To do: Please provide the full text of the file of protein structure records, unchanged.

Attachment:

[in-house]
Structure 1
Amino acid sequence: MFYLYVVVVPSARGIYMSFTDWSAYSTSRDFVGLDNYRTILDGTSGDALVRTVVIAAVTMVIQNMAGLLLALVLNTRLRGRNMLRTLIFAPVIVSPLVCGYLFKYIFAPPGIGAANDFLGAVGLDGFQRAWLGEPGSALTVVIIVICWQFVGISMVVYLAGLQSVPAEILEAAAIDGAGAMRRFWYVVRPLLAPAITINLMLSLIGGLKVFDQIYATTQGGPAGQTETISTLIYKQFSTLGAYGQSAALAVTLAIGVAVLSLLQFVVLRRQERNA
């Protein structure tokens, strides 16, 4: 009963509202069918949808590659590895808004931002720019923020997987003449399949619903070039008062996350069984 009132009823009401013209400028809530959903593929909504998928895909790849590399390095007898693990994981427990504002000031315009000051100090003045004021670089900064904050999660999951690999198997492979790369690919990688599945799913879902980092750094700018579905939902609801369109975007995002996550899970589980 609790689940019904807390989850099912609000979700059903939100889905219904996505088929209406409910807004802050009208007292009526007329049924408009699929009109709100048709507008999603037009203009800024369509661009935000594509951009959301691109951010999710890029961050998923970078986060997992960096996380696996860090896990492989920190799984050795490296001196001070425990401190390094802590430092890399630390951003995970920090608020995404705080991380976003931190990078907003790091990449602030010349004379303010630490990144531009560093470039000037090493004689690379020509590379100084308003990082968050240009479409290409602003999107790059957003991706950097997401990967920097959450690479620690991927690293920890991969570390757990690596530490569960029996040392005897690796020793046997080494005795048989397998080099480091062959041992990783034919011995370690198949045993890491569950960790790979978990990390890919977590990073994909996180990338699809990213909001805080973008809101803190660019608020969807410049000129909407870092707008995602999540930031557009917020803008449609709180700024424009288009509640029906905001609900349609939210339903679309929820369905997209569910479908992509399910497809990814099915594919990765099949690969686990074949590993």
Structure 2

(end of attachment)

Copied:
[in-house]
Structure 1
Amino acid sequence: MFYLYVVVVPSARGIYMSFTDWSAYSTSRDFVGLDNYRTILDGTSGDALVRTVVIAAVTMVIQNMAGLLLALVLNTRLRGRNMLRTLIFAPVIVSPLVCGYLFKYIFAPPGIGAANDFLGAVGLDGFQRAWLGEPGSALTVVIIVICWQFVGISMVVYLAGLQSVPAEILEAAAIDGAGAMRRFWYVVRPLLAPAITINLMLSLIGGLKVFDQIYATTQGGPAGQTETISTLIYKQFSTLGAYGQSAALAVTLAIGVAVLSLLQFVVLRRQERNA
């Protein structure tokens, strides 16, 4: 009963509202069918949808590659590895808004931002720019923020997987003449399949619903070039008062996350069984 009132009823009401013209400028809530959903593929909504998928895909790849590399390095007898693990994981427990504002000031315009000051100090003045004021670089900064904050999660999951690999198997492979790369690919990688599945799913879902980092750094700018579905939902609801369109975007995002996550899970589980 609790689940019904807390989850099912609000979700059903939100889905219904996505088929209406409910807004802050009208007292009526007329049924408009699929009109709100048709507008999603037009203009800024369509661009935000594509951009959301691109951010999710890029961050998923970078986060997992960096996380696996860090896990492989920190799984050795490296001196001070425990401190390094802590430092890399630390951003995970920090608020995404705080991380976003931190990078907003790091990449602030010349004379303010630490990144531009560093470039000037090493004689690379020509590379100084308003990082968050240009479409290409602003999107790059957003991706950097997401990967920097959450690479620690991927690293920890991969570390757990690596530490569960029996040392005897690796020793046997080494005795048989397998080099480091062959041992990783034919011995370690198949045993890491569950960790790979978990990390890919977590990073994909996180990338699809990213909001805080973008809101803190660019608020969807410049000129909407870092707008995602999540930031557009917020803008449609709180700024424009288009509640029906905001609900349609939210339903679309929820369905997209569910479908992509399910497809990814099915594919990765099949690969686990074949590993």
Structure 2